Guns make people bad. And Chinese restaurants cause crime.

While I cannot follow the logic (often the case with arguments based on emotion), it seems that when white rich kids manage to get shot, it's seen as more of an argument for gun control than when the same thing happens with poor black kids.

That last link is the Inquirer's report of a shooting incident in a rich neighborhood. Apparently some 17 year old kids had spent the evening getting drunk, and one of them kept messing around with his father's gun, eventually killing his friend. The DelcoTimes has more:

Authorities said the shooting came at the end of an underage drinking party, which O’Neill was hosting Thursday night into Friday morning while his parents were at Sea Isle City, N.J., and his older sister was at work. Many individuals attended the party but as time wore on, the majority of partygoers departed, according to the document.

One of those in attendance told investigators the gun, which was stored between the mattress and box spring in O’Neill’s parents’ bedroom, was being "handled unsafely," so he left the party, according to the affidavit. He also said that at one point, O’Neill had pointed the gun at him.

Authorities were told O’Neill pulled the weapon out more than once during the party, including during a beer run O’Neill and others made to a Middletown Township barh. While in the car, O’Neill gave the gun to another person who then "shot the unoccupied vehicle of someone with whom the rest of the boys had a problem," the affidavit states.

By the end of the night, O’Neill, Sheridan and two others were alone when O’Neill got the gun and turned on the laser designator. O’Neill put the laser light on the three friends, who proceeded to duck behind a car. O’Neill dropped the gun to his side and the friends came out from behind the car. It was then that O’Neill raised the gun and pointed it at Sheridan and Sheridan knocked it away. The weapon went off and Sheridan collapsed in the driveway.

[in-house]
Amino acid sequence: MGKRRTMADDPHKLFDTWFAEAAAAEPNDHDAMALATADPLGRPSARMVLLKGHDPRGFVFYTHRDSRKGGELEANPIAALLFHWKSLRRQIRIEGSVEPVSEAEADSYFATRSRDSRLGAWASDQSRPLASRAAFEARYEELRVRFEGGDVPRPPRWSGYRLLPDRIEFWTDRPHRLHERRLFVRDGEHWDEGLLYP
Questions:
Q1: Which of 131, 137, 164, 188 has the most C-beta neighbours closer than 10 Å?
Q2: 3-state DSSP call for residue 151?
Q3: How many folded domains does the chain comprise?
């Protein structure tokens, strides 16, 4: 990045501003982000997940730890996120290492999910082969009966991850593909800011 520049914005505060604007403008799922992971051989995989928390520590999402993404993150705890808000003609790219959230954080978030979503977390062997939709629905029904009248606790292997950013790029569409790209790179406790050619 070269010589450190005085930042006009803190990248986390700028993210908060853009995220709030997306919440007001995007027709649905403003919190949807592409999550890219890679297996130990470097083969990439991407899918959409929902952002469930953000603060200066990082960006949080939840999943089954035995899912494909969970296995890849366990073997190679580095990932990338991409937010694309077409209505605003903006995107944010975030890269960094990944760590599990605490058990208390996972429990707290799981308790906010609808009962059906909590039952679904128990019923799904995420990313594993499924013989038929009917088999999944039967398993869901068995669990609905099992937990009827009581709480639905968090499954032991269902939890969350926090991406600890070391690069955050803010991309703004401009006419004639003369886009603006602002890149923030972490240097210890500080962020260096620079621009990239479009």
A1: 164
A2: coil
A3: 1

O’Neill was charged with involuntary manslaughter, aggravated assault, simple assault, reckless endangerment, tampering with evidence, purchase of liquor and weapons offenses, and remanded to Chester County prison.

If the facts are as alleged, a young rich kid did the same things that urban poor kids are so often alleged to do. I think it means that bad kids come in all colors, and from all economic backgrounds. How does this mean that law abiding people should have their guns taken away?

I mean that as a rhetorical question, but unfortunately, it seems to be behind the reasoning of local Democrats.

Accompanying the hard-copy version of the Inquirer report on the shooting is a lead-in to a legislative gun grab story:

At the Montco courthouse, state legislators call for new gun laws. B3.

And here's what happened at the Montgomery County courthouse:

A group of Democratic state legislators, led by State Rep. Dwight Evans of Philadelphia, went to the heart of Republican Montgomery County yesterday to announce a new legislative initiative aimed at reducing gun violence.

The legislators, a mix of state office holders from the suburbs and the city, were at the Montgomery County Courthouse in Norristown to announce plans to submit a package of bills during a day-long special session of the House on crime scheduled for Sept. 26.

Pointing to recent poll data that indicates suburban residents are concerned about gun violence, Evans said that legislators should move beyond boundary lines and party labels to take action on gun control.

"It wasn't an accident that we were at the Norristown courthouse," Evans said. "We wanted people to know that this is an issue that transcends political jurisdiction."

Not an accident, huh? Well, it must not be, especially because the Inquirer prominently links the two stories.

Will someone tell me why a dead white kid is more of an argument for gun control than hundreds of dead black kids?